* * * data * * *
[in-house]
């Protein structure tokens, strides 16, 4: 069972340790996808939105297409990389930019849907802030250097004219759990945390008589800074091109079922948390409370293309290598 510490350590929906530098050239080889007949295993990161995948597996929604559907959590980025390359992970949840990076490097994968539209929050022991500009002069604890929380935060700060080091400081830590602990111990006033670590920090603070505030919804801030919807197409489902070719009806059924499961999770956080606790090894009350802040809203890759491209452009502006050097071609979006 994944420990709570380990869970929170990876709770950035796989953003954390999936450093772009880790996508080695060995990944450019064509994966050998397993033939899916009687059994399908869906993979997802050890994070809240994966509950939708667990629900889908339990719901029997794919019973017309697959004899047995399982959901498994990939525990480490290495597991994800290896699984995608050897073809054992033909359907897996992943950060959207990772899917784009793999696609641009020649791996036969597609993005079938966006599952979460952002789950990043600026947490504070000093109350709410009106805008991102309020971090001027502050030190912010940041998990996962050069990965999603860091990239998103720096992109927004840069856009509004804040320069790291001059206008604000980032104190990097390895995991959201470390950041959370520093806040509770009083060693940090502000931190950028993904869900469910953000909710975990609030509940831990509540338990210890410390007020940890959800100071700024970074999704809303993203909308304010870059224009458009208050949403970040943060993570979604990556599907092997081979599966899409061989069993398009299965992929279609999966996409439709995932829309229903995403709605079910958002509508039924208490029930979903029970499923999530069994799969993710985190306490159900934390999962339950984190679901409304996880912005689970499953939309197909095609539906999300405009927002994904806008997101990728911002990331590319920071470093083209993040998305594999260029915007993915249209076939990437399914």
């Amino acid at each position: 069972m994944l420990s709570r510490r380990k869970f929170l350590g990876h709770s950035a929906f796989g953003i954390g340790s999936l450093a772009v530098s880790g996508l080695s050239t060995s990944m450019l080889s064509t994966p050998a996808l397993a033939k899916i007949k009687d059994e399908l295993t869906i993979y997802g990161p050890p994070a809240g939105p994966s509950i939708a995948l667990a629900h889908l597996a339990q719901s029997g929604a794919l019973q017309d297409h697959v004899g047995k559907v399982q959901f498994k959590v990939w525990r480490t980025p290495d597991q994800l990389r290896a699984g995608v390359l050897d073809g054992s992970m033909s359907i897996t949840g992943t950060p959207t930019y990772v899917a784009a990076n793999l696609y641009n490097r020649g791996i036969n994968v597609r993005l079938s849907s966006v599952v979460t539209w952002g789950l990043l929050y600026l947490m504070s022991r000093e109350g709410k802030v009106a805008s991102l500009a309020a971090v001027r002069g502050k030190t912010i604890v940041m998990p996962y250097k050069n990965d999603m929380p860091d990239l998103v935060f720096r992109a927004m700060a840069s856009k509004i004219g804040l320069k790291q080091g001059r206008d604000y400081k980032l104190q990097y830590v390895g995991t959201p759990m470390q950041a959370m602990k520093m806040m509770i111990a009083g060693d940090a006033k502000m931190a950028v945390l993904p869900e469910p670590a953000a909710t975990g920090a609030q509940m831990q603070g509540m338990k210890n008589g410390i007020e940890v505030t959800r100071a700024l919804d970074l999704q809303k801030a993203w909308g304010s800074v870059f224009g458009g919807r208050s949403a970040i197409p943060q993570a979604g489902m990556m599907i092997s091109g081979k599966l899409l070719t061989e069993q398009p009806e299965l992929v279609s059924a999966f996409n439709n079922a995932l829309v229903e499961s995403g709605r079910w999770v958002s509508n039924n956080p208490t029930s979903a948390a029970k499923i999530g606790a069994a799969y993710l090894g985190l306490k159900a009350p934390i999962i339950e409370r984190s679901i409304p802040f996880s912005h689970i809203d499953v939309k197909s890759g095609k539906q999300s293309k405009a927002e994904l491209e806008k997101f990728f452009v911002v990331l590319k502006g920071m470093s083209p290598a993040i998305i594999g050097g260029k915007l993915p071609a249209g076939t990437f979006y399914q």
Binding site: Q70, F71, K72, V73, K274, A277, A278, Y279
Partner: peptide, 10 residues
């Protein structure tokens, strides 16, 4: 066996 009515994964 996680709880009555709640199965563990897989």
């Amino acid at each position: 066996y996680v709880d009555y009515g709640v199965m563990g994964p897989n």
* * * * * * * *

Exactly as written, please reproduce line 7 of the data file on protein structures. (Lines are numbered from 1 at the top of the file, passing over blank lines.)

């Amino acid at each position: 066996y996680v709880d009555y009515g709640v199965m563990g994964p897989n």